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Hematopoietic Stem Cell Transplantation (HSCT)

The current accepted treatment for SCID is hematopoietic stem cell transplant, or HSCT. HSCT, is a multi-step medical process that requires months of stay at the hospital. Though this time can be stressful, remember that it is only temporary.

Finding a Match

Once you’ve decided to treat your baby with HSCT, doctors will begin the search for a donor who best matches your child. The donor will provide hematopoietic stem cells that will be infused into your baby. The proteins on the cells from the donor have to match or come close to matching the proteins on the cells of your baby. A closer match increases the chances of the transplant being successful.

Donor sources include: a sibling matched donor; an unrelated matched donor; an unrelated umbilical cord blood donor; or a half-matched family donor. After a donor is found, he or she will have to undergo a stem cell donation procedure.

Pre-transplantation Steps

Your baby will undergo several pre-transplantation procedures before he or she gets the transplant. The first is an evaluation to make sure that your child is healthy enough to receive the transplant. If your baby is ready for the transplant, doctors will put your baby under general anesthesia to put a central line into his or her chest so that medications, fluids, and blood can be easily administered. The central line is an IV and is used when treatments have to be given over long periods of time, such as weeks and months.

Doctors administer immunoglobulin (antibodies) as supportive therapy before the HSCT. Immunoglobulin is protein preparation that contains antibodies from donated blood that helps the baby fight infection. The baby may also receive conditioning medicines, including chemotherapy. Conditioning eliminates the baby’s immune cells to make room for the new donor cells.

Transplant Day

On transplant day doctors infuse the donor cells into your baby through his or her central line. Your baby will be awake and you may be present during the procedure. The transplantation is similar to a blood transfusion and only takes a few hours at most.

HSCT - A Closer Look

Most children with SCID are treated with hematopoietic stem cell transplantation, or HSCT, also known as a bone marrow transplantation. Visit the HSCT page to learn more about choosing a transplant center, finding a donor, what's involved with the actual procedure, complications that can occur, and much more.

Gene Therapy

Unlike HSCT which can be used to treat all types of SCID, gene therapy is tailored to treat a specific gene and is performed for special genetic types of SCID. In addition, gene therapy is still in clinical trials and is not yet a treatment approved by the Food and Drug Administration.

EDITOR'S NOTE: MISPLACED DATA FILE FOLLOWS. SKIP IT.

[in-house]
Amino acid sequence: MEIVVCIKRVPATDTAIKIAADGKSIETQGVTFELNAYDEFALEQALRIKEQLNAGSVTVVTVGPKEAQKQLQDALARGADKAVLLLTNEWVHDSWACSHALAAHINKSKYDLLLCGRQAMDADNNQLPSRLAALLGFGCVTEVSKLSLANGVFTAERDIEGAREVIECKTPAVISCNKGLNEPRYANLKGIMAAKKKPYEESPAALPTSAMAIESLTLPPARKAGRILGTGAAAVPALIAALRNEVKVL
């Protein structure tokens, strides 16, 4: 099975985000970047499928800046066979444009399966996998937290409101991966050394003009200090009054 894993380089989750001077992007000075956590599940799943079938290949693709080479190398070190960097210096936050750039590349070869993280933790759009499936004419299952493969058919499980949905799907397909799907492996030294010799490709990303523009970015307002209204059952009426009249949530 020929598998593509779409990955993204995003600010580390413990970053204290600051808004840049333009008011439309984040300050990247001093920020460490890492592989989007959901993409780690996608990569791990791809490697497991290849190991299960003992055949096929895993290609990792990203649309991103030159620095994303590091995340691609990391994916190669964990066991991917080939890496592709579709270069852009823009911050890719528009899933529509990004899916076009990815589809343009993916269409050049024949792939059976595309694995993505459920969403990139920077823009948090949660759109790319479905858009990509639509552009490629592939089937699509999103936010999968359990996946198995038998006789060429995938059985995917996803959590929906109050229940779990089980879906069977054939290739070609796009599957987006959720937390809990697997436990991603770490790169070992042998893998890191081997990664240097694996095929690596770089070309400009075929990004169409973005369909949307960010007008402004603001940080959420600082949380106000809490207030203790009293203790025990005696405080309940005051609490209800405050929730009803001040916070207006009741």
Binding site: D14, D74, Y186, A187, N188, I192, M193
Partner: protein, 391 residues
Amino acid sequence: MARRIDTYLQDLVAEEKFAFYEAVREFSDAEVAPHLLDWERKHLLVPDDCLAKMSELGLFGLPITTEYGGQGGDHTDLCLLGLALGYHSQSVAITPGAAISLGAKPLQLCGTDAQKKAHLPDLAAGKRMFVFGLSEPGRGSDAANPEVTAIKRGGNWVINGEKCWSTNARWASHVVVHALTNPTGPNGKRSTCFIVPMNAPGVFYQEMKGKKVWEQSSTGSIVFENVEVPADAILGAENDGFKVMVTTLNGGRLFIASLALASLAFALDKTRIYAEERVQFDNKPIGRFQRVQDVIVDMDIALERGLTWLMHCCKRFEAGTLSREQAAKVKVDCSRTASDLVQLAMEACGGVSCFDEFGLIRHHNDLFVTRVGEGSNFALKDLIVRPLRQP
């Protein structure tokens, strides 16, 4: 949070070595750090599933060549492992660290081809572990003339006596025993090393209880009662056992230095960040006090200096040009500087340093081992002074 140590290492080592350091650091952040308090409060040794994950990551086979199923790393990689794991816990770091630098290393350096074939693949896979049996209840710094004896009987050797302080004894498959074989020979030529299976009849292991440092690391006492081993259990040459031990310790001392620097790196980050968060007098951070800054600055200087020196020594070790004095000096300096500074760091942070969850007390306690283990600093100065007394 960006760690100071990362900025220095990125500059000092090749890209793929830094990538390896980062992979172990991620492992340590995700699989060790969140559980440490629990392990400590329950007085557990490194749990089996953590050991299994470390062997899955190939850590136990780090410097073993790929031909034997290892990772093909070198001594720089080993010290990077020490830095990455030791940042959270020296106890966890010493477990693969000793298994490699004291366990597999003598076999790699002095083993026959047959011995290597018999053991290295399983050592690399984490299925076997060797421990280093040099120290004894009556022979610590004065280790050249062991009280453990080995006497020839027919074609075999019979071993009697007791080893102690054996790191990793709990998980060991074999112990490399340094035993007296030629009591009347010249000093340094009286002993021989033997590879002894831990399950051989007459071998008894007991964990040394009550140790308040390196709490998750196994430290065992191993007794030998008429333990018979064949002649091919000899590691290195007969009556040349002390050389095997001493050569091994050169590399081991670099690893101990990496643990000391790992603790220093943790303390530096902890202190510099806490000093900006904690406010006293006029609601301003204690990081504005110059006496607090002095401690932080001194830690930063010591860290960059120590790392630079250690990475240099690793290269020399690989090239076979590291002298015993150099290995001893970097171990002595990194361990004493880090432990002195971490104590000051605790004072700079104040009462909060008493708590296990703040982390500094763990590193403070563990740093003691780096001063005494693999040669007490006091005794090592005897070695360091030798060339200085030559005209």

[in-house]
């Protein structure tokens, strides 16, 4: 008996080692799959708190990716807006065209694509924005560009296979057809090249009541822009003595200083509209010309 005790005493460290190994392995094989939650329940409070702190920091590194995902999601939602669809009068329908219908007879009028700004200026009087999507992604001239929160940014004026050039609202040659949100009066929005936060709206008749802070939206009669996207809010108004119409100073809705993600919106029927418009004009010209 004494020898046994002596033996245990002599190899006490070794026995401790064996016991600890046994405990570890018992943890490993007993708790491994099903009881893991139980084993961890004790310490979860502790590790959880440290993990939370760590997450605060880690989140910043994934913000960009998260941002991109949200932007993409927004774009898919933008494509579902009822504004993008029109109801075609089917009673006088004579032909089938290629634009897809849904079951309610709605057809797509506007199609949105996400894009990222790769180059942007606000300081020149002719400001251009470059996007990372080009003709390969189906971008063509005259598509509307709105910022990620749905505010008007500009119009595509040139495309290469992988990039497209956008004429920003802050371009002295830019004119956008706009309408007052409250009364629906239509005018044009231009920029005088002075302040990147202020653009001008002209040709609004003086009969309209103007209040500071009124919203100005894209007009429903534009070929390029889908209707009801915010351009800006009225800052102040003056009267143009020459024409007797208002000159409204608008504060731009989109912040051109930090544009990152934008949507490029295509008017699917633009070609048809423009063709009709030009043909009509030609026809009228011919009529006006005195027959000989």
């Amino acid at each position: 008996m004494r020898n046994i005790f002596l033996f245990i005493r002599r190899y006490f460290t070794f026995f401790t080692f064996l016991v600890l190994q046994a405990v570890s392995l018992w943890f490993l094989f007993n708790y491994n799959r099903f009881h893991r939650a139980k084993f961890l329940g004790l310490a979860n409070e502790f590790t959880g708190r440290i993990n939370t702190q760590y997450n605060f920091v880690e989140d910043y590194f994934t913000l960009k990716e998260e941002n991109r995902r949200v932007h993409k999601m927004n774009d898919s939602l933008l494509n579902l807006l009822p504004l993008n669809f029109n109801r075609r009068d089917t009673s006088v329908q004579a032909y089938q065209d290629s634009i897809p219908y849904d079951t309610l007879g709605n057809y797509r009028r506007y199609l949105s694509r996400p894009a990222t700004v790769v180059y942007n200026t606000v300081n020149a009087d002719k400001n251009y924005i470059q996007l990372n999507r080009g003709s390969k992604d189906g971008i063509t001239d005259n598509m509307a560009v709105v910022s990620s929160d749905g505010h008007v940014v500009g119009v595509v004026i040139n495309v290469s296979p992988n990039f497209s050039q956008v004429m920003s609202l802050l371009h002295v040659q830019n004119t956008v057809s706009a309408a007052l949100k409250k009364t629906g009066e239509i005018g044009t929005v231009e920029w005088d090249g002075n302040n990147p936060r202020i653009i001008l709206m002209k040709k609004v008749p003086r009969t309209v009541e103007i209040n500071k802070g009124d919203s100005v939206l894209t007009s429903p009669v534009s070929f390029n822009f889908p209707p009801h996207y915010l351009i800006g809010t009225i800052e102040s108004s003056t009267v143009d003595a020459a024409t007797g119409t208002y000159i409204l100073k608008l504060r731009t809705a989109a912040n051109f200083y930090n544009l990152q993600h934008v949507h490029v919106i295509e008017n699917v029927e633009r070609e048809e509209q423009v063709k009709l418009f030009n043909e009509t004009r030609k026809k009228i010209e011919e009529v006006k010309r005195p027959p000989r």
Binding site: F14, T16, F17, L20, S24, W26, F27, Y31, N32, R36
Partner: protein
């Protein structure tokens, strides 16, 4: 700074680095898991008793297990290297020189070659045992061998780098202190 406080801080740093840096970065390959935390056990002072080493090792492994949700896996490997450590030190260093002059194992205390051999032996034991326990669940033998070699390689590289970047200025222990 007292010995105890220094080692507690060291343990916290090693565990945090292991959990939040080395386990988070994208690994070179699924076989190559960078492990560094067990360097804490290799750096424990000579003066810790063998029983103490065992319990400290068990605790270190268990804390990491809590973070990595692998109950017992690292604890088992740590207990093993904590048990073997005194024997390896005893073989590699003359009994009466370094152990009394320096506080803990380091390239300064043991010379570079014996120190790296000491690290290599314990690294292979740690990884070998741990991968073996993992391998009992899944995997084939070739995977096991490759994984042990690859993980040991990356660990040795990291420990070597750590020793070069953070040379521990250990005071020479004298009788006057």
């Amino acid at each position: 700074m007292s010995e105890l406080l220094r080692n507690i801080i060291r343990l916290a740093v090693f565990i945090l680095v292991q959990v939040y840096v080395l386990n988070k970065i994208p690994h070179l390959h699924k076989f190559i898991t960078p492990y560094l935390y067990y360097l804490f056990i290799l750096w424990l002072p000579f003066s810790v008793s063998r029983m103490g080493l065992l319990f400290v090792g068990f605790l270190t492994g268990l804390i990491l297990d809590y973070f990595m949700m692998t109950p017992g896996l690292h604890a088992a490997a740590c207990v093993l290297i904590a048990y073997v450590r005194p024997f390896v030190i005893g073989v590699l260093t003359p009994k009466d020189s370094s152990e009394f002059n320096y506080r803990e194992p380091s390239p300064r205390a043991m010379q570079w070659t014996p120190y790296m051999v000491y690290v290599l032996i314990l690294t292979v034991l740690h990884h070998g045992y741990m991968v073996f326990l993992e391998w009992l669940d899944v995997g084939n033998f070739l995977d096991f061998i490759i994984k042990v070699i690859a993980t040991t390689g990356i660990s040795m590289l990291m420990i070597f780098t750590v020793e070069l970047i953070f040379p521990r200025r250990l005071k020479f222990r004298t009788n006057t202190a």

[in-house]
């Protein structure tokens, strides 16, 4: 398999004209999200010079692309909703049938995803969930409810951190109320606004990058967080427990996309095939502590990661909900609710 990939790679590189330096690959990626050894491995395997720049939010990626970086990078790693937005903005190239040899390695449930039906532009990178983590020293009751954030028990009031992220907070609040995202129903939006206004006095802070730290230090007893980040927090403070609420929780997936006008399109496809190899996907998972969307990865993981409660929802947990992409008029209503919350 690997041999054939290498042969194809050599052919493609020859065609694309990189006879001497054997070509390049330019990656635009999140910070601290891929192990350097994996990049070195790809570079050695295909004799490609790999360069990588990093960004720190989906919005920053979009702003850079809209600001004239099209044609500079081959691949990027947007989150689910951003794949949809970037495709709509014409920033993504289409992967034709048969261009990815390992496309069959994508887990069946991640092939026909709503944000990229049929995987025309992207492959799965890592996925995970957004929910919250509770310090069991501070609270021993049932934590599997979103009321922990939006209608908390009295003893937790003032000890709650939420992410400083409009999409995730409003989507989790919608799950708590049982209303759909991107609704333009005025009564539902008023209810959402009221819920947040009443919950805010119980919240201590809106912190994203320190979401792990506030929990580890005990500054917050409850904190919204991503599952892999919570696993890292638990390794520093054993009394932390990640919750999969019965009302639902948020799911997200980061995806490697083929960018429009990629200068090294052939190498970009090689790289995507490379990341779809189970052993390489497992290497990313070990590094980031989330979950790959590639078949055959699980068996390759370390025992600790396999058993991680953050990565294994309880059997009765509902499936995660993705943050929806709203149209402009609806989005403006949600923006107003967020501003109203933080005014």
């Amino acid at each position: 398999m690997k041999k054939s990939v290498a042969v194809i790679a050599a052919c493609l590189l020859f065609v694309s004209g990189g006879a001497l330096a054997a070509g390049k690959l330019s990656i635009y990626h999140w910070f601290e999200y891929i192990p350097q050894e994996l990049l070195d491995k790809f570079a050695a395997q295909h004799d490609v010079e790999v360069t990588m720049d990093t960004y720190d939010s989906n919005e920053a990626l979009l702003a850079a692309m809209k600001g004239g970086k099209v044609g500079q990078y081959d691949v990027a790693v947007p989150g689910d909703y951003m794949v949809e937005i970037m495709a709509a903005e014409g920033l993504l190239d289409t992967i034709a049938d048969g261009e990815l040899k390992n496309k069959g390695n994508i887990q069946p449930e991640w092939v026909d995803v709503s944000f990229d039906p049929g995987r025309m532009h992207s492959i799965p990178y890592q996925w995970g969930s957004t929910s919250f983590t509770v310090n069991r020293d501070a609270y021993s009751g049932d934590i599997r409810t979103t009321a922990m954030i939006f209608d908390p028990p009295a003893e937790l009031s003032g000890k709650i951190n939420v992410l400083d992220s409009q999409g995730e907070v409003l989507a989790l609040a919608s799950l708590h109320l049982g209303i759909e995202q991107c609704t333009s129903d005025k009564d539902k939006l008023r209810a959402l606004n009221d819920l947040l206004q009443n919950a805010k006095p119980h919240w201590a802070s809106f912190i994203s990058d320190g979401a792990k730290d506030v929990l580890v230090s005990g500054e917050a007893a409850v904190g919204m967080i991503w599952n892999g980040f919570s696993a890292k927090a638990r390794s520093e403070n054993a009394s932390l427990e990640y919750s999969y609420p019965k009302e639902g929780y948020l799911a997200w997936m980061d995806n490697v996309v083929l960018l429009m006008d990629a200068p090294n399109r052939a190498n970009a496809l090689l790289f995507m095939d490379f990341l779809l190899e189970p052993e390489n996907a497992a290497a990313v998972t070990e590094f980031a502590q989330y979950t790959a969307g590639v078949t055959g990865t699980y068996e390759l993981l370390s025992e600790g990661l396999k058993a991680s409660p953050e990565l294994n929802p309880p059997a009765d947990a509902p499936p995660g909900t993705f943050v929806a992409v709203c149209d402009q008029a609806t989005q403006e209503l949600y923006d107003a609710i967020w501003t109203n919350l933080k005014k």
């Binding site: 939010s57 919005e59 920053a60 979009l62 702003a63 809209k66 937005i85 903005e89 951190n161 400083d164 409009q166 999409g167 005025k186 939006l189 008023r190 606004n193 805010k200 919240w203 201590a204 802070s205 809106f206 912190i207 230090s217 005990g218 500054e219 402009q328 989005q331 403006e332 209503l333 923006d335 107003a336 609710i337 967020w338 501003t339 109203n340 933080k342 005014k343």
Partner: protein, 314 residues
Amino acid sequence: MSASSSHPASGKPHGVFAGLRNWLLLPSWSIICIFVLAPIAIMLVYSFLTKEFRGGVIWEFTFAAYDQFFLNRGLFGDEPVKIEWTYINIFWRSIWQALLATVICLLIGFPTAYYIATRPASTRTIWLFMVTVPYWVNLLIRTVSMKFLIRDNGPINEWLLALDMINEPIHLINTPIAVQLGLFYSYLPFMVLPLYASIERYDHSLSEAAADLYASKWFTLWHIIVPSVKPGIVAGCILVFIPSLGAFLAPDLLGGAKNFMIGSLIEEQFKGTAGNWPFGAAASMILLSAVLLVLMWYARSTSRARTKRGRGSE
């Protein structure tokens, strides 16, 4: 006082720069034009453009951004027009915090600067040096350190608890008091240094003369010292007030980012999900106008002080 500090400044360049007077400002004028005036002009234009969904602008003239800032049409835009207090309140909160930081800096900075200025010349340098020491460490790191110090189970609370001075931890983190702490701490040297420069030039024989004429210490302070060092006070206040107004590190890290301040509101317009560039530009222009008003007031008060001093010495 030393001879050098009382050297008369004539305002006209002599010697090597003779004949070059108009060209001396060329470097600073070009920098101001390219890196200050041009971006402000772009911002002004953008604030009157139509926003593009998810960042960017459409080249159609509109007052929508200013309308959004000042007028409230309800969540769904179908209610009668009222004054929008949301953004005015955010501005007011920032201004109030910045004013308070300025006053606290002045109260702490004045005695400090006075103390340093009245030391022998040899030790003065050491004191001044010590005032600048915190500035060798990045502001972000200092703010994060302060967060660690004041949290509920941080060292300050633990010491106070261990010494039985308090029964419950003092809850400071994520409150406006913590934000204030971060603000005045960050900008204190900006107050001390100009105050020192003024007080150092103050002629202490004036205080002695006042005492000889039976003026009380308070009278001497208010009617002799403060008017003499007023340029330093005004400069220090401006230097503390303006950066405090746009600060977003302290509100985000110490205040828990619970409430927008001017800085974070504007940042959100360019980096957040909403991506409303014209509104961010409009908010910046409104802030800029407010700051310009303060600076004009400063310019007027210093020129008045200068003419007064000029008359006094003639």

In gene therapy, hematopoietic stem cells containing the faulty gene are removed from the child and transferred to a lab. In the lab, doctors insert a working copy of the gene into those cells. Those cells are infused back into the child. The corrected cells make copies of themselves and provide the child with an immune system.

Gene Therapy - A Closer Look

Gene therapy is an experimental treatment currently available for children with X-linked SCID and Artemis SCID; gene therapy for ADA-SCID is currently on hold. Families of children who choose gene therapy must enroll in a clinical trial.

There are several clinical trials now taking place at children’s hospitals throughout the United States and at the National Institute of Health.


Finally, remember that advocacy in the hospital for your child is an important part of your role as a parent. Although doctors decide much of what happens during treatment, you should feel free to discuss the procedure with them. Also, there may be certain situations in which you will need to make sure that protocol is followed. For example, you will want to ensure that staff wash their hands and wear mask and gown when entering your child’s room, if that is what you and the doctor have discussed. Remember, it is your right to do the following when interacting with healthcare workers, including doctors:

  • Ask questions. If you don’t understand the answers, ask them again.
  • Bring up concerns you might have with procedures being performed on your child.
  • Keep a notebook to record information about your child’s care, condition, and recovery.

Be an Advocate for your Child

SCID is a rare diagnosis and most people don’t know about the condition. Parents and caregivers of a child with SCID will be the voice of that child for years to come. Go here to learn more about being your child's best advocate.

Q & A with the Hargrove Family

Rayna and Kevin Hargrove, parents to son Kai Hargrove, describe navigating the hospital throughout Kai's treatment.